Katie Kraft is a wrestler.
Excelling in a male-dominated sport gives her confidence.
The same is true for her Lincoln teammate, Jéssica Rodríguez, and Edison's Gabriela Guzmán. Each won a Sac-Joaquín Section title in her weight class last week, and they are preparing together, along with other wrestlers and coaches, inside the east gymnasium at Sierra Middle School for the CIF State Girls Wrestling Invitational Championships on Feb. 22-23 in Lemoore. They hope to duplicate the feat of Edison's Clover Esquivel, who last year became the first girls wrestler from a Stockton-area high school to win a state championship.
"It motivates me to know that if I keep following this then I will be able to say later on that I did something most girls don't do, and I was able to overcome a lot of things," said Kraft, a senior and the section champion in the 189-pound weight class. "The determination I use here, I use outside.
"It feels good. I like to show the guys I'm just as good as they are, and I can put them in their place if I have to."
Kraft, like many wrestlers regardless of gender, has shown dedication and resilience. The demands of wrestling, the twisting of body parts and sometimes being lifted and thrown by an opponent, create the potential for a variety of injuries. Kraft suffered a back injury her freshman season in a dual match against Tracy and broke her collar bone at the section meet her sophomore season. She went through hours of physical therapy and said swimming and playing water polo helped strengthen her arms.
Last season, Kraft came back from her injuries and finished fourth at the section meet to qualify for the state meet, where she finished fifth. Last weekend, she pinned all of her opponents and won her first section title, improving to 16-2 this season.
"Katie's a great wrestler. She's focused, especially this year." Lincoln second-year coach Albert Alonzo said. "Last year, she went all the way to the semis and she was surprised to go that far. She's calm and determined and at the same time, she has that little edge to her. She'll wrestle hard all the way through."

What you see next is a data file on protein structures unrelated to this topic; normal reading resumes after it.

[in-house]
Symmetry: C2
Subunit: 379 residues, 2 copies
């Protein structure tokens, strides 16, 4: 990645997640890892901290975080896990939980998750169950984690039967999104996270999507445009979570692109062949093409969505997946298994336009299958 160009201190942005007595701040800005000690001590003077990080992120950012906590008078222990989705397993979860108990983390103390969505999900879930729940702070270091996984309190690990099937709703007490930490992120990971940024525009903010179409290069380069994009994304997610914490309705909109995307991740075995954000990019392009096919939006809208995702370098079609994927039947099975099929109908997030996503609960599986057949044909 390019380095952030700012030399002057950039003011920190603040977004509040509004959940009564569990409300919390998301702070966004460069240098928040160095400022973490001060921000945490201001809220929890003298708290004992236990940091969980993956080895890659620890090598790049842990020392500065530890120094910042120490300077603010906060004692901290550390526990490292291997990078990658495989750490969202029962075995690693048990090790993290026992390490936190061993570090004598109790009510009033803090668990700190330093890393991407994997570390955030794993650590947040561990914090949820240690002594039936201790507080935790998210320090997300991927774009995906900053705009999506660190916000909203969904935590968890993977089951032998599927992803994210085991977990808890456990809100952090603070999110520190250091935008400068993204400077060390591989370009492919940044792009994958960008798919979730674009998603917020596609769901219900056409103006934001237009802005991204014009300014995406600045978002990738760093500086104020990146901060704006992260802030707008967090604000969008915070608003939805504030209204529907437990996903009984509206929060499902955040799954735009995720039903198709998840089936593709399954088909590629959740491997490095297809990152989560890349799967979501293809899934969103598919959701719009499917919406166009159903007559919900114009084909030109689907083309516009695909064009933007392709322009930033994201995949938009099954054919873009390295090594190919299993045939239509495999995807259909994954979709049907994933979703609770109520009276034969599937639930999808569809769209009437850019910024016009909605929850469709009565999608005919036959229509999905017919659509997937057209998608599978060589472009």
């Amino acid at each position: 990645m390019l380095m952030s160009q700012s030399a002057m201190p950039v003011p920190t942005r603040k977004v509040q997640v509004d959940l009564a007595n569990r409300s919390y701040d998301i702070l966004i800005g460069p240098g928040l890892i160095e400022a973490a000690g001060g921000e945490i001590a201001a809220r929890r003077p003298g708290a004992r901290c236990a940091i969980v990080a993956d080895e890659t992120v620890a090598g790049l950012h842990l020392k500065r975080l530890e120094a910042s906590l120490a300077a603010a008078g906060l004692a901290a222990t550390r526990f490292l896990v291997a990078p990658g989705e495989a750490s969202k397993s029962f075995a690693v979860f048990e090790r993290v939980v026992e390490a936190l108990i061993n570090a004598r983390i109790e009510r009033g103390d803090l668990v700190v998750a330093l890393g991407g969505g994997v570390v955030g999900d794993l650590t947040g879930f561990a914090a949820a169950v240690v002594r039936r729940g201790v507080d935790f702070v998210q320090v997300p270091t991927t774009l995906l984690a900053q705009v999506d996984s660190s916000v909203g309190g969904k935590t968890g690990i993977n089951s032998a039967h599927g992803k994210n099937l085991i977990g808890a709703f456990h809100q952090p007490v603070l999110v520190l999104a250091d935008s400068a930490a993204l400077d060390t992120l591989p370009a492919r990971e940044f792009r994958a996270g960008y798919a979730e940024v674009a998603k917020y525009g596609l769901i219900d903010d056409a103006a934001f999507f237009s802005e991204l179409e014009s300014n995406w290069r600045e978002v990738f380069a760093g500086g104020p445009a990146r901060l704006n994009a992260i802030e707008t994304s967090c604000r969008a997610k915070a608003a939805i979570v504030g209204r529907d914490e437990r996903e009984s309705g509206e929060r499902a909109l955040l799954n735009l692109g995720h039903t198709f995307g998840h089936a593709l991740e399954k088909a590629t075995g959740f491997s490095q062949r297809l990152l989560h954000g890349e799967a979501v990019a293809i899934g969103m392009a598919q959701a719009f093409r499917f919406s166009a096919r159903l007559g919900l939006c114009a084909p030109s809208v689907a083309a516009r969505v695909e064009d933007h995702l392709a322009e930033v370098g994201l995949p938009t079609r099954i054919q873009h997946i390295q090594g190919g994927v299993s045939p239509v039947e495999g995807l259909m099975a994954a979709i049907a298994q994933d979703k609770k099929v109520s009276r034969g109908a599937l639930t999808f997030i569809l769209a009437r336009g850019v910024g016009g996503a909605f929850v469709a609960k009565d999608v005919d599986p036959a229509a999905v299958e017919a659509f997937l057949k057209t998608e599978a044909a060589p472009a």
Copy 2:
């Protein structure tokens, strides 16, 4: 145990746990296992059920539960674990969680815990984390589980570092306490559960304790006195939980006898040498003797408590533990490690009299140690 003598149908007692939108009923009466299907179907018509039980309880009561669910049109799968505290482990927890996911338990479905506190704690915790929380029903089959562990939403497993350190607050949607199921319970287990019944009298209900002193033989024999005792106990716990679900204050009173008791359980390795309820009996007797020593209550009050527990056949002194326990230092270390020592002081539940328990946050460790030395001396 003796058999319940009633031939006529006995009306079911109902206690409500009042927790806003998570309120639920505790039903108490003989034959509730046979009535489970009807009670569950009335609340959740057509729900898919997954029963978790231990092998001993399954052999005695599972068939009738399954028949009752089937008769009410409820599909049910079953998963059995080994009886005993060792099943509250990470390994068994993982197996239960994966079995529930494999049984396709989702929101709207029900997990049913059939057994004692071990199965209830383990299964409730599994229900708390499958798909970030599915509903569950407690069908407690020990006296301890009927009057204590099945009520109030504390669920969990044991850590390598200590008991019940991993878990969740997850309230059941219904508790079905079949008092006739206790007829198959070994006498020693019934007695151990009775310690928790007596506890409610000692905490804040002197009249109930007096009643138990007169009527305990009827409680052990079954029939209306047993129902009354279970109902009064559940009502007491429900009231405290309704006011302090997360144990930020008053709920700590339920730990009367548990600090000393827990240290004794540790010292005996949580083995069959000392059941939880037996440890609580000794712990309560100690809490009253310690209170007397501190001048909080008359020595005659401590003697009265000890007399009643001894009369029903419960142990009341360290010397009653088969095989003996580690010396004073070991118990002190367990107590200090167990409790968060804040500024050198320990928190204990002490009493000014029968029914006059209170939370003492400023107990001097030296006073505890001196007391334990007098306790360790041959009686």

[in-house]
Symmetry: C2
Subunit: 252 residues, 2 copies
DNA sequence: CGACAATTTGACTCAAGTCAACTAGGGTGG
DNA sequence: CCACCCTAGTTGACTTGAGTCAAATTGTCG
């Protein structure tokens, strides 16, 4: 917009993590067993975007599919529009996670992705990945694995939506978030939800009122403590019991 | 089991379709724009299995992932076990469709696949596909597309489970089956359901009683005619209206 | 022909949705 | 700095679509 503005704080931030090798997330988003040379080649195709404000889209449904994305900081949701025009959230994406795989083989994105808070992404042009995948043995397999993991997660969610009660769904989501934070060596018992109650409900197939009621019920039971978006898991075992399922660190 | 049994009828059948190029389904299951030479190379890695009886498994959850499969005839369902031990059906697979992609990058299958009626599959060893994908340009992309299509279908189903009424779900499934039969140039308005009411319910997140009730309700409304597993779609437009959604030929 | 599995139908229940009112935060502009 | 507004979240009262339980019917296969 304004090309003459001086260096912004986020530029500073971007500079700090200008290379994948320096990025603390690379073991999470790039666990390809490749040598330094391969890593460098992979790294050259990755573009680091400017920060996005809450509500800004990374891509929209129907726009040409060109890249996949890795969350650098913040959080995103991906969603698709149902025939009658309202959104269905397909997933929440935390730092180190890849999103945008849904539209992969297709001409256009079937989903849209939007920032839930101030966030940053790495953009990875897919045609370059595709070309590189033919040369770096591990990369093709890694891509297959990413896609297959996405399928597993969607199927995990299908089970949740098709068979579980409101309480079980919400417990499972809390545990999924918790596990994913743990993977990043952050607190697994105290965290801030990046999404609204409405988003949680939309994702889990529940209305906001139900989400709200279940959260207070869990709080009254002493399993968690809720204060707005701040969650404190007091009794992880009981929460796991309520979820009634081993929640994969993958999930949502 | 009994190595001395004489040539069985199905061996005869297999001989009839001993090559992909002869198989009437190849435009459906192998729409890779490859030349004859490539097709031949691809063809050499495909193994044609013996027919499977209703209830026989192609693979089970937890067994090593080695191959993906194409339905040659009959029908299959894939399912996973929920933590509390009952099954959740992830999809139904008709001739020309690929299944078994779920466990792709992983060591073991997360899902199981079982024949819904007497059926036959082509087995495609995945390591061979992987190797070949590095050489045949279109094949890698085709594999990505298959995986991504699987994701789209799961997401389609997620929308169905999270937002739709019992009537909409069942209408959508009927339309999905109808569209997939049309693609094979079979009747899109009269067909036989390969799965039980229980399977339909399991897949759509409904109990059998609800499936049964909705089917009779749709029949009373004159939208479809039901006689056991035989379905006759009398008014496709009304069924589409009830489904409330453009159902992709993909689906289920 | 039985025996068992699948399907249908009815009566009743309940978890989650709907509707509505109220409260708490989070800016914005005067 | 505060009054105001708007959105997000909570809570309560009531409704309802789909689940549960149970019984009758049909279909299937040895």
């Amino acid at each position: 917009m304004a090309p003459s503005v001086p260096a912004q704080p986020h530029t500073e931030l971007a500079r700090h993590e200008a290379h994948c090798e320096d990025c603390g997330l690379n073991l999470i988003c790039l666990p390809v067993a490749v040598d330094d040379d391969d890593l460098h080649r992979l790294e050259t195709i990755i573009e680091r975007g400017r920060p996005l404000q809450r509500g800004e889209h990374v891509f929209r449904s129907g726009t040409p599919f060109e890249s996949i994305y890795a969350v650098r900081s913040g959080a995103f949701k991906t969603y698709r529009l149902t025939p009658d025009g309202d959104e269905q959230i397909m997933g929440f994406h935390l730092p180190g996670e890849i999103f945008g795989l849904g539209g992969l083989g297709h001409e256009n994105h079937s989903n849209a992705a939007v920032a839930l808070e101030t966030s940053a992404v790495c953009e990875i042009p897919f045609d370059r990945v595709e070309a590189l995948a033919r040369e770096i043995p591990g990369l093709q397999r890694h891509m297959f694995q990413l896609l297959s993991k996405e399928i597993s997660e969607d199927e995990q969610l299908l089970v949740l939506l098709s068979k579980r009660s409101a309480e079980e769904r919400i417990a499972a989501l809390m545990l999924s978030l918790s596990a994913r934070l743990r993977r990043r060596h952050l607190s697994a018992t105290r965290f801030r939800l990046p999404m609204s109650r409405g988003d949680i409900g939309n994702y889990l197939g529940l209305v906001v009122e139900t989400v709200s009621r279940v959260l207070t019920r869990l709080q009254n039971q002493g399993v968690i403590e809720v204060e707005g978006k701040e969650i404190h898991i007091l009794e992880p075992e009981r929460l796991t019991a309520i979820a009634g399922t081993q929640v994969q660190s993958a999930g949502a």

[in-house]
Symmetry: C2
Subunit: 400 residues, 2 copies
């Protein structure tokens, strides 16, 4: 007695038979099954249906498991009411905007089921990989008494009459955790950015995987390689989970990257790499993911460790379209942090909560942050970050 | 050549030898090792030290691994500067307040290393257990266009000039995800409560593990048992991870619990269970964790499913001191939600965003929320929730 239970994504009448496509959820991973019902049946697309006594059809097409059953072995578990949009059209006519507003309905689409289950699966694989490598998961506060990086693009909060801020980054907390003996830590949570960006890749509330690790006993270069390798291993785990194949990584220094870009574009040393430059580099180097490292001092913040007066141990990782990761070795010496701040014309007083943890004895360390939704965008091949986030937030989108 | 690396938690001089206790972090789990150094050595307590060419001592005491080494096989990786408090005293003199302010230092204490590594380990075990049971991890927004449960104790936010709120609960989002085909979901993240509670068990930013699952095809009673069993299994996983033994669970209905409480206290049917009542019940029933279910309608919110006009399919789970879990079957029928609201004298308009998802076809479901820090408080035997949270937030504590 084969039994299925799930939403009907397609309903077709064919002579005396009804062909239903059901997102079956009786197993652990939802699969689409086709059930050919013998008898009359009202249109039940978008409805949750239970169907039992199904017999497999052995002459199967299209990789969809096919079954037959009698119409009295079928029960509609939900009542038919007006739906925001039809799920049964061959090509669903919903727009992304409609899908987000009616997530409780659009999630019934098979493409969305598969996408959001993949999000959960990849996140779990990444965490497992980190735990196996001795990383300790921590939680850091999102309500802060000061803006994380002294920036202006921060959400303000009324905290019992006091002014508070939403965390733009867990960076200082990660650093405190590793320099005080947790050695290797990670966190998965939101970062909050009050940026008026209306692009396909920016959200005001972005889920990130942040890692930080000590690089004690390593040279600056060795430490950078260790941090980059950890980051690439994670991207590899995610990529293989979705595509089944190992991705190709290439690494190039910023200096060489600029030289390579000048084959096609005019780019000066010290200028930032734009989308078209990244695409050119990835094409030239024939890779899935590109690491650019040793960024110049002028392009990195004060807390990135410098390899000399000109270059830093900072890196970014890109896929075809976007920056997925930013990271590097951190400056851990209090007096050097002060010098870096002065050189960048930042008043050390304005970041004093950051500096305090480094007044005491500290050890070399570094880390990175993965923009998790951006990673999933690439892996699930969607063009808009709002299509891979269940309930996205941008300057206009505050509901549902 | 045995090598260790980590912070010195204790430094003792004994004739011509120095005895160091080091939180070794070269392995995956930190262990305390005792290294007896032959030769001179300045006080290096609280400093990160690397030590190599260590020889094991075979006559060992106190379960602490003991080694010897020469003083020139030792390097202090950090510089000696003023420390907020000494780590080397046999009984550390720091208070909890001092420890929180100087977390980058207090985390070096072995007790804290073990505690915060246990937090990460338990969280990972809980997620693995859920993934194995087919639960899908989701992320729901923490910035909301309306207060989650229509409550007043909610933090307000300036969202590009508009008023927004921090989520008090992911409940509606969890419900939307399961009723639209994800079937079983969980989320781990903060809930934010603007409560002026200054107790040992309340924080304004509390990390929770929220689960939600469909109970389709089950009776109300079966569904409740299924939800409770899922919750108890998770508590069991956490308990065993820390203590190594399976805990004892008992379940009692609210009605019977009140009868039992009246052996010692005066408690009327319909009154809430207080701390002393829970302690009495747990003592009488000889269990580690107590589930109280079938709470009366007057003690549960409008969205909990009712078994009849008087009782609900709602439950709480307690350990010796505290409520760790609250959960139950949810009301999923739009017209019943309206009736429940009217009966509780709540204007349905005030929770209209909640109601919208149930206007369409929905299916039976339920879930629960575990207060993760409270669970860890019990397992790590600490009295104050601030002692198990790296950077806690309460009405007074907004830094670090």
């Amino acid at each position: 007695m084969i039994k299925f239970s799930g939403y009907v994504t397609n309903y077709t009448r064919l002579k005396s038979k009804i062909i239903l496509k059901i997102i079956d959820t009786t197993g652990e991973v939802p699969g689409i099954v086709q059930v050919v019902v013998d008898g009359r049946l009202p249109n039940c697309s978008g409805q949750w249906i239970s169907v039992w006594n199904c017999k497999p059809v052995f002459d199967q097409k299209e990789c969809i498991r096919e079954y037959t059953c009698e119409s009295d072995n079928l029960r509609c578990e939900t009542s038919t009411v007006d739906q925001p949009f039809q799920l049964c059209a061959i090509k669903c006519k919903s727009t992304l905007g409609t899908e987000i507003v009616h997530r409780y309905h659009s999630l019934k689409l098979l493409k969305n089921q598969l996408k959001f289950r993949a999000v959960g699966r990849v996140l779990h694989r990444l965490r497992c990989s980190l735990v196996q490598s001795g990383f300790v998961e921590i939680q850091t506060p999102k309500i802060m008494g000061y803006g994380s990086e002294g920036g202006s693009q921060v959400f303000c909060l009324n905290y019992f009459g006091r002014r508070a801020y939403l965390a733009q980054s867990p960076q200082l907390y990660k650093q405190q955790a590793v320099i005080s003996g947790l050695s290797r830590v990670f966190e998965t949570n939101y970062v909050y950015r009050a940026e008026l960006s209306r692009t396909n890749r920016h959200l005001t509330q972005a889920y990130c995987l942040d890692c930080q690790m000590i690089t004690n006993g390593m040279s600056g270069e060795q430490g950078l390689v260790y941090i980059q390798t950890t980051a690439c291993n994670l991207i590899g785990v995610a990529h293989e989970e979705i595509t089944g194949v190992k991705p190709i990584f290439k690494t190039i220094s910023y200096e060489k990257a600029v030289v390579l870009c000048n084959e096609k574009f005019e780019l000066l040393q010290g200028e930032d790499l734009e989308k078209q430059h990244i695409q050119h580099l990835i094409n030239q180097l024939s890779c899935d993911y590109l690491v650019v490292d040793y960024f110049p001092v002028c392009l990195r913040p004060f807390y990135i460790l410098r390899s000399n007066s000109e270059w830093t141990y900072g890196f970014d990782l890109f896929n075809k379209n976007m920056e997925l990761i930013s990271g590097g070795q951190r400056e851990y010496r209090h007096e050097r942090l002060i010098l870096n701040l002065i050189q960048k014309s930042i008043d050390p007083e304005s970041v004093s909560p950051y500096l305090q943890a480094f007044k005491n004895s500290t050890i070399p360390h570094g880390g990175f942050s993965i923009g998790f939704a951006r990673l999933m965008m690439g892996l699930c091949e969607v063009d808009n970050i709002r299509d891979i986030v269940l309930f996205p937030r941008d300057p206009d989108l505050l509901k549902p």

Kraft started wrestling when she was 8 years old. She and Rodriguez, who started when she was 7 years old, met up in the junior ranks and have been friends ever since. Rodríguez, a junior, has 30 wins this season, all by pin. She earned her third section title and third trip to the state meet last weekend.
"I just take what my coaches teach me and if I'm up on points, I always like to go for the pin," said Rodríguez, who wrestles at 146 pounds. "I like to throw. That's basically what I do."
Last year at the state meet, Rodríguez bruised the meniscus and strained the anterior cruciate ligament in her knee during her last match on the first day of competition. She tried to wrestle the second day, but the knee was too damaged for her to win.
"I always knew I was going to come back," she said. "I went to therapy and did my best to come back to wrestling."
Alonzo believes she can go far at the state meet.
"She has a ton of potential," he said. "This year, she just wants to compete. I think she'll do well, as long as she stays focused. She has a great opportunity to take first or go into the finals."
Guzmán had tears in her eyes when she won the section title at 165 pounds last weekend with a 12-1 major decision over Alyssa Cantu of Weston Ranch in the championship match. Guzmán has had two knee surgeries and the meniscus has been removed from her right knee. Earning her first section title as a senior brought out her emotions.
"When I had realized I had won, I started crying when I got off the mat because it sort of hit me, and my coaches were like, 'Why are you crying?' " said Guzmán, who is 35-1 this season. "I said, 'After four years, I finally won this tournament.' This is one of the biggest tournaments I wanted to win."
Guzmán is working hard to finish her high school career with a strong showing at the state meet.
"It's really hard and ... I expect it to be hard, so that's why I'm here getting help from all these coaches, especially Lincoln, Bear Creek, all these different coaches, Tokay," Guzmán said. "They're all here to help me out. They all think that I'm going to do it, and I hope I do it and not let anybody down. But (the) state meet's going to be hard."
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